Best Of :: People & Places
In light of the economic downturn, the story of Frank Stranahan is both instructional and apropos. Long before the land boom of the early 21st Century, there was the high-flying 1920s. Broward was growing and the Ohio-born Stranahan was at the center of it all. A rather stern and extremely determined fellow, he built the county's first bank and opened a trading post on the New River. But then fate dealt Stranahan and the area two crushing blows — a devastating earthquake in 1926, and the Great Depression in 1929. Whatever the natural disaster didn't wipe out was taken from him by the economic tumult. Stranahan not only lost all his own money but the fortunes of relatives and friends throughout the area. So on the morning of June 23, 1929, the 64-year-old Stranahan tied an iron grate to his leg and jumped into the New River, drowning himself. Left behind is the home he built on the river, which is now a historic landmark — and a favorite on the haunted house circuit.
The Palm Beach Post has kicked some major ass this year, taking down a cadre of corrupt local officials, covering the hell out of the Dunbar Village rape, and producing an admirable series of investigative reports. (While we're at it, let's give a shoutout to the staff photographers, who have done some mind-blowing work.) But as we slog through the fact-heavy, front-page pieces that we know we ought to read (like the complex tale of Palm Beach Aggregates), we're jonesing to get to Page Two — Jose (pronounced Jo-zay) Lambiet's column. Is it gossip disguised as news? Or news disguised as gossip? One could easily mistake Lambiet's breezy writing for the paparazzi-style reporting that is causing the downfall of the collective American intellect. That's if it weren't so well-researched. At night, Lambiet charms his way through Palm Beach mansions and celebrity fundraisers; by the next morning, he's in the courthouse getting the dish on the Next Big Divorce. Sure, he gave us dirt on Rush Limbaugh's 30-something girlfriend and Greg Norman's hookup with Chris Evert, but his stories often go beyond that. Lambiet illuminated how disgraced commissioner Al Lamberti's wife was affected by her husband's scandal, and he kept tabs on rumored-to-be-gay Governor Charlie Crist's dalliance with a local lady. Lambiet tracked the voting problems of Ann Coulter ("The blond Democrat slayer," he called her) and took a Marlins player to task for hunting animals from a helicopter. His scoops often end up repeated in New York papers and national magazines. Because A-listers flirt with Palm Beach. And Jose owns it.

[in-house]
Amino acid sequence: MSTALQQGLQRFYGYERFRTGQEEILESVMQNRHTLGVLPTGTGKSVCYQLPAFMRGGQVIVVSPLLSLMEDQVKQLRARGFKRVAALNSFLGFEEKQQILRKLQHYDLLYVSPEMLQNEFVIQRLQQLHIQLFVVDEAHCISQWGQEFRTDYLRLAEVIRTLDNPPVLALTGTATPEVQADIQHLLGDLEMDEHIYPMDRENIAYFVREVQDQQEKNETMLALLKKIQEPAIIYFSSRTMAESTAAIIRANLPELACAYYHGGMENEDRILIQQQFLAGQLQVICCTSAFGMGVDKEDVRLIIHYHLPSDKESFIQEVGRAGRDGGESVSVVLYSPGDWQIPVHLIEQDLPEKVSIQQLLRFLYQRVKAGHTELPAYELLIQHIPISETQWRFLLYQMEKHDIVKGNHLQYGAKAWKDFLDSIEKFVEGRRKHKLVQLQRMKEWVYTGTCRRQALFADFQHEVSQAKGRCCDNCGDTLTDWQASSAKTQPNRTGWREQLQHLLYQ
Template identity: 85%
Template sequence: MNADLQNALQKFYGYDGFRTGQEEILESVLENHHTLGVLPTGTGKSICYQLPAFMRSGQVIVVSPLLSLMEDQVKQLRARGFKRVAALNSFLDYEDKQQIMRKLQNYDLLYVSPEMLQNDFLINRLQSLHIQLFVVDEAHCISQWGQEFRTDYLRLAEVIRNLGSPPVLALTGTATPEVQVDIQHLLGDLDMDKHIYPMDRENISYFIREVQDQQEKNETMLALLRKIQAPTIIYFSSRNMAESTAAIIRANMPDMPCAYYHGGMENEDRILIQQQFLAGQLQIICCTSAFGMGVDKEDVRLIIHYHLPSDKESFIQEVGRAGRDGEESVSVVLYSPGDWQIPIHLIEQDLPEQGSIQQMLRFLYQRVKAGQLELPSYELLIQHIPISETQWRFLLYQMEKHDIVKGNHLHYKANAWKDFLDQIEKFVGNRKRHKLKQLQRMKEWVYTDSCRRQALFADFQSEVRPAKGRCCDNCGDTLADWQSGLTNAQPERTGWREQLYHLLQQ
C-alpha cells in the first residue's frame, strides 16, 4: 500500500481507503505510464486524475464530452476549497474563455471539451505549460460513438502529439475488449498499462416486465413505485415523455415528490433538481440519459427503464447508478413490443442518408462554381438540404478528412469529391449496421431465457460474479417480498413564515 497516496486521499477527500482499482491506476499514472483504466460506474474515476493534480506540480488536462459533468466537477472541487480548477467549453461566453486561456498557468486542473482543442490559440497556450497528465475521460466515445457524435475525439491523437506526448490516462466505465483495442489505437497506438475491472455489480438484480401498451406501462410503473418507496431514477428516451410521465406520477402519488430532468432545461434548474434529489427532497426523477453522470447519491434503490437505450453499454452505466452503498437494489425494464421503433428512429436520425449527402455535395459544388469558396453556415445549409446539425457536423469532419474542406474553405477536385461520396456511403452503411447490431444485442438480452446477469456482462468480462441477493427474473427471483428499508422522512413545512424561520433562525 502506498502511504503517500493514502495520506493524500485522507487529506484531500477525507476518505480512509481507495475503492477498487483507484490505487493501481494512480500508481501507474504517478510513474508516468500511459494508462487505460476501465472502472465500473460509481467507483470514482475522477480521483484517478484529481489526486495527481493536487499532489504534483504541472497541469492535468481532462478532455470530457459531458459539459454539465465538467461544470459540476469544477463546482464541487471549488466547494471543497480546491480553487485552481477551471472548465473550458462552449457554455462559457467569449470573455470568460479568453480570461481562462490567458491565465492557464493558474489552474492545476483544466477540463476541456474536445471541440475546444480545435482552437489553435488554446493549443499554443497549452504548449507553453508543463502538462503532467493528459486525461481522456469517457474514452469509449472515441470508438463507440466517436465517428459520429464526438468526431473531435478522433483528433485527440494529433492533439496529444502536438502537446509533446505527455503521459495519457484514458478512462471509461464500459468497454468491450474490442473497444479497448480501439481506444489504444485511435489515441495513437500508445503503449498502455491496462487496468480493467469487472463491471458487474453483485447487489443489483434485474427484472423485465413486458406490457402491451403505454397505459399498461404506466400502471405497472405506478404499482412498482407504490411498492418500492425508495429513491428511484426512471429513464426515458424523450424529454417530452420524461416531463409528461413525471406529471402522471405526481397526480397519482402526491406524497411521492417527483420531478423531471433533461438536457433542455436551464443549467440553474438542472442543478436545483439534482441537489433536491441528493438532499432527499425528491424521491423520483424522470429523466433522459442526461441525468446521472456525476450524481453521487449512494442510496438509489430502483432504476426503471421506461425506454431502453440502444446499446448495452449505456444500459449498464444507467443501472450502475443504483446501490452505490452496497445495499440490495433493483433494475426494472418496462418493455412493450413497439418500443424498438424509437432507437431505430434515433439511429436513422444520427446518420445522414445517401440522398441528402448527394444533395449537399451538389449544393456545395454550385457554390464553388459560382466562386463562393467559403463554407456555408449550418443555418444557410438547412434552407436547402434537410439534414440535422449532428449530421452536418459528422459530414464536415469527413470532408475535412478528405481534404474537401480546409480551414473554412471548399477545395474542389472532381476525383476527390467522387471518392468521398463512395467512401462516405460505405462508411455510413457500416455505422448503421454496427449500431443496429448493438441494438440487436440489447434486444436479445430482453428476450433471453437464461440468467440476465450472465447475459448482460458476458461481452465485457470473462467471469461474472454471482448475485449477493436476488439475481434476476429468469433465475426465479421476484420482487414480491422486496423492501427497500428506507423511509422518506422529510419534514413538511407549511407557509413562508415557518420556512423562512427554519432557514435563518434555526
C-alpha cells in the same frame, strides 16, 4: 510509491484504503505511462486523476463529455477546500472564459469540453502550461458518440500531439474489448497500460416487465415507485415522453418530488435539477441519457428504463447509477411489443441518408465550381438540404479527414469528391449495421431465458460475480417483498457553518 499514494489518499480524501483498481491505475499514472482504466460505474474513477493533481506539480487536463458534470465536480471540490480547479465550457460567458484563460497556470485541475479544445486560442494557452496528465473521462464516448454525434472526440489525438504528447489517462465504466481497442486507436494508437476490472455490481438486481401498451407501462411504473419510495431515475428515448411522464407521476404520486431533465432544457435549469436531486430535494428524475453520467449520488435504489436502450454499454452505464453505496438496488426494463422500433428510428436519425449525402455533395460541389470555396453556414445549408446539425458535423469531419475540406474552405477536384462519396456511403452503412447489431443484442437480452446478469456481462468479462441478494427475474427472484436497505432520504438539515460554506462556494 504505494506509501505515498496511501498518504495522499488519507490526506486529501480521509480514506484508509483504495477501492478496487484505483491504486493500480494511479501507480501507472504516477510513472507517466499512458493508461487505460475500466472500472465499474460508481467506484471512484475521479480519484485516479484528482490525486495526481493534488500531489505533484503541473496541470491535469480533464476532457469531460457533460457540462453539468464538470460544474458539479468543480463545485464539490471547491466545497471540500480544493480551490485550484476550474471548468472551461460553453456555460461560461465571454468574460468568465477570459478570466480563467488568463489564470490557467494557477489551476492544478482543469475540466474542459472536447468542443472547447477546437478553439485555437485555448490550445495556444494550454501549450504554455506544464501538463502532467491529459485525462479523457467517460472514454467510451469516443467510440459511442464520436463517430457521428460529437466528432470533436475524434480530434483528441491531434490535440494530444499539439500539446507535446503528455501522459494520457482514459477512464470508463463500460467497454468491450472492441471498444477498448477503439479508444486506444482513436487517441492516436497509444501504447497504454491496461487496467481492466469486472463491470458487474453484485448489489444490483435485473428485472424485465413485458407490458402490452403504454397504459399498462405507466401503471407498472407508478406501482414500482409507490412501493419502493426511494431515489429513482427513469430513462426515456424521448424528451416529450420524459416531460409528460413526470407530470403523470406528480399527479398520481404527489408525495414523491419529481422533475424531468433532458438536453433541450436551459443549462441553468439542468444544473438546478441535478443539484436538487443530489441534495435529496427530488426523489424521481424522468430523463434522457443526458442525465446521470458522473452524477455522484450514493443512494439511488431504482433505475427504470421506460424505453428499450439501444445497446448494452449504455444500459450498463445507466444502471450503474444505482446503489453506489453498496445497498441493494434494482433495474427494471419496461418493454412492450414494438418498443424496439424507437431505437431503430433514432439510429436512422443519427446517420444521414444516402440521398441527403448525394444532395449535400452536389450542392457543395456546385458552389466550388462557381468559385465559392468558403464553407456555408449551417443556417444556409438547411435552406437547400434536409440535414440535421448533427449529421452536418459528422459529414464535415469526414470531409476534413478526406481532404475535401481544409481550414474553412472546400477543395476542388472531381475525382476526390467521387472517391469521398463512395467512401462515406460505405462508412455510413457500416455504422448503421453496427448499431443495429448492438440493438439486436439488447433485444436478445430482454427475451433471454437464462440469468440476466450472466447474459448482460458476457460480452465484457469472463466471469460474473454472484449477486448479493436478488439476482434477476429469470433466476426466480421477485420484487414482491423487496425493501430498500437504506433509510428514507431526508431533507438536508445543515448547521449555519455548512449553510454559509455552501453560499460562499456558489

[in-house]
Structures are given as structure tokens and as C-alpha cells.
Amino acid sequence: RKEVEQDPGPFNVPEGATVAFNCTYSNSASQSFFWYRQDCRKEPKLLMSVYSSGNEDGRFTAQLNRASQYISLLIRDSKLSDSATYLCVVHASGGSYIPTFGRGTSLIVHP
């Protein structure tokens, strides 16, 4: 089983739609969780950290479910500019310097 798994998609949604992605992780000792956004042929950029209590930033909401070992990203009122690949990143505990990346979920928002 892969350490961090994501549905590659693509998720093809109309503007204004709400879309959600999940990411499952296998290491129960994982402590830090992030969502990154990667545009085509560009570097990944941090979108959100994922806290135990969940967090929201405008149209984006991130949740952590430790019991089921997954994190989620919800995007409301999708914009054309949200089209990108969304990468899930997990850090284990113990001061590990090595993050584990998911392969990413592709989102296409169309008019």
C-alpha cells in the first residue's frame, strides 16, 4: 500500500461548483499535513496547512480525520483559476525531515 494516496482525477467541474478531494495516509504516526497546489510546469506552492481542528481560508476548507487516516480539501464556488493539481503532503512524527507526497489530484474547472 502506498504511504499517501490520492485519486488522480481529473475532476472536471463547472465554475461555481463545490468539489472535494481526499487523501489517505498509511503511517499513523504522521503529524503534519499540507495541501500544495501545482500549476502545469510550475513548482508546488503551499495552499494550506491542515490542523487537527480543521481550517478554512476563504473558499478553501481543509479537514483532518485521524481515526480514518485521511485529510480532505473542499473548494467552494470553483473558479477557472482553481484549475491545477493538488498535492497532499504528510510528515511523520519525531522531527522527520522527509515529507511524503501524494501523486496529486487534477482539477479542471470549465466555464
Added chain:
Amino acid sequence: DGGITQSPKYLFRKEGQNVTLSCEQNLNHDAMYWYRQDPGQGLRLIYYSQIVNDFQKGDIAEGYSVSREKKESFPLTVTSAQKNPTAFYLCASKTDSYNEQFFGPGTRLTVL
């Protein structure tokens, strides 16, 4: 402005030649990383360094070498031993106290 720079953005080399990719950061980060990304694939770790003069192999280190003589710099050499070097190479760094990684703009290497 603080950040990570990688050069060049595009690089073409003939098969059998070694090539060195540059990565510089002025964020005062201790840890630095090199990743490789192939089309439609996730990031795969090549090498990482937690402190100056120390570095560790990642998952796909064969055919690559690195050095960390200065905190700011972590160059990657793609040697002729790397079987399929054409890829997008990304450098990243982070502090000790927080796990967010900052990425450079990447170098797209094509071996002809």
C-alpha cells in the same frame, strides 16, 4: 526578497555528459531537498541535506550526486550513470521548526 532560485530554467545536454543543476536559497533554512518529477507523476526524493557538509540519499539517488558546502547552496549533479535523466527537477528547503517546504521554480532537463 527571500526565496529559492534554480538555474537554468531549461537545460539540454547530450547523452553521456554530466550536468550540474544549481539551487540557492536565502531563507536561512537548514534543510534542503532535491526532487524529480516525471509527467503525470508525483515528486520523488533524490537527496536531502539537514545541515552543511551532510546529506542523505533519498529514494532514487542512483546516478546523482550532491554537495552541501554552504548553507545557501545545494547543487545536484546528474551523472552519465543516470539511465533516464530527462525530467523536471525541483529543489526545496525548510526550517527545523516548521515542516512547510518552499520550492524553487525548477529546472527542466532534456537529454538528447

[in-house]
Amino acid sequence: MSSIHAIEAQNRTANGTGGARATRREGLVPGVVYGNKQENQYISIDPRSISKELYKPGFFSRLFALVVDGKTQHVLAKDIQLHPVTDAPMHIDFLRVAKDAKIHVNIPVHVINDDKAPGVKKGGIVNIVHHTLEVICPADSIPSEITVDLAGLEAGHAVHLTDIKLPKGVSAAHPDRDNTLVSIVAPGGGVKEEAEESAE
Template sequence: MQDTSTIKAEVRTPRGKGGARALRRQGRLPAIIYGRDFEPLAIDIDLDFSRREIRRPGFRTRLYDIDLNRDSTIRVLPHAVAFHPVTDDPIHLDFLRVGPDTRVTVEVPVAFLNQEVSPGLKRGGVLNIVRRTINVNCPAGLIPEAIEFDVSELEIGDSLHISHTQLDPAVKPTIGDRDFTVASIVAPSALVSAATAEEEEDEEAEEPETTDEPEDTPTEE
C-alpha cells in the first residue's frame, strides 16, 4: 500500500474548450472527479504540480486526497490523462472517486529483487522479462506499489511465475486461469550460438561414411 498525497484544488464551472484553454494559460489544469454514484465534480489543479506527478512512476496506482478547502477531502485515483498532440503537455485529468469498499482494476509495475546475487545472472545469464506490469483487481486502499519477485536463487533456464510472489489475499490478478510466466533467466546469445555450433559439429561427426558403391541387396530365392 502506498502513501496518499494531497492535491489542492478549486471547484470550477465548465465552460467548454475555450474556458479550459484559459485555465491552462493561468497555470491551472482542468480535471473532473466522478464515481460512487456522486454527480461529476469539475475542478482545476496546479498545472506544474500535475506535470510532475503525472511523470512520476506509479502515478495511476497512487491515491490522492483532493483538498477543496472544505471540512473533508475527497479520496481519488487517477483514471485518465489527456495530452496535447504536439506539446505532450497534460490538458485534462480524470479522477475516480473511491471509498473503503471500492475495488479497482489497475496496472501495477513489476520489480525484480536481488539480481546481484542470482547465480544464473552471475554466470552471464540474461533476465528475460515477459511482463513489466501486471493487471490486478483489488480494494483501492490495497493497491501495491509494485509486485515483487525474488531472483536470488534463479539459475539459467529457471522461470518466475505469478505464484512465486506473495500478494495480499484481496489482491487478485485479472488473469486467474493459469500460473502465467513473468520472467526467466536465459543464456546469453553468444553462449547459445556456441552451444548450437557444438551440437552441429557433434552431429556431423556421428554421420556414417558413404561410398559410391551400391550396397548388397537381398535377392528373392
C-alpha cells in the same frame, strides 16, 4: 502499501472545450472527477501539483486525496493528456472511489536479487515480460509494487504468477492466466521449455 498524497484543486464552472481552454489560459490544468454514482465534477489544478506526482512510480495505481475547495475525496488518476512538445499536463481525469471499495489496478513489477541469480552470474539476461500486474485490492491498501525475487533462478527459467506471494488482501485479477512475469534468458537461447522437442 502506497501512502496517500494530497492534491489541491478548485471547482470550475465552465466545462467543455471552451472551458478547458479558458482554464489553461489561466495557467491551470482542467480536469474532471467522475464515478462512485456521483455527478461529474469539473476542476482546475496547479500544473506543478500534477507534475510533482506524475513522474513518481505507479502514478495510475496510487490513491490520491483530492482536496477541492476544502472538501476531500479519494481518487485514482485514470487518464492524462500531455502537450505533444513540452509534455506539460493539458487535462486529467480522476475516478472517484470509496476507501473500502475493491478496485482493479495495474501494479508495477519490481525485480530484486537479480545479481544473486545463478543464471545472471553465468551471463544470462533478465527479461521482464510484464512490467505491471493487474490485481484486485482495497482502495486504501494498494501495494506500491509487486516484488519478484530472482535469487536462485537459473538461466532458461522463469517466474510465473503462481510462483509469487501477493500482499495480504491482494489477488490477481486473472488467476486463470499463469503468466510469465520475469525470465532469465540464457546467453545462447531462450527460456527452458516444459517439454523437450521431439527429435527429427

Around the New Times office, she's known as "The Wife of the Pulp." But just because she's married to New Times' own muckraking columnist Bob Norman doesn't mean we should keep Brittany Wallman from claiming a title she's due. Take it from writers who constantly try to get a crumb of fresh news out of Fort Lauderdale bigwigs: it rarely happens. Brittany, it seems, has already banged out every story worth breaking. As City Commissioner Christine Teel once said when begged for news tips or brewing scandals, "Brittany's got us pretty well covered. She doesn't miss much." Take for example last year's big local brouhaha: Mayor Jim Naugle's anti-gay stance that made national news. His comments about needing to buy $100,000 public toilets to curb homosexual sex were so subtle they probably wouldn't have been noticed except by someone who'd been the mayor's watchdog for years. Wallman's biography on the Sun-Sentinel's parenting blog, to which she also contributes, says the reporter "covers Fort Lauderdale City Hall, which is filled with almost as much drama as the Norman household." When Wallman's 5-year-old daughter Lily expressed shock that animals had died during an oil spill, Wallman asked her, "If you're so sad about animals dying, then why do you eat hamburgers and hotdogs?'' That's what we like — a reporter who lets no quote go unchallenged. No matter who you are, Lily.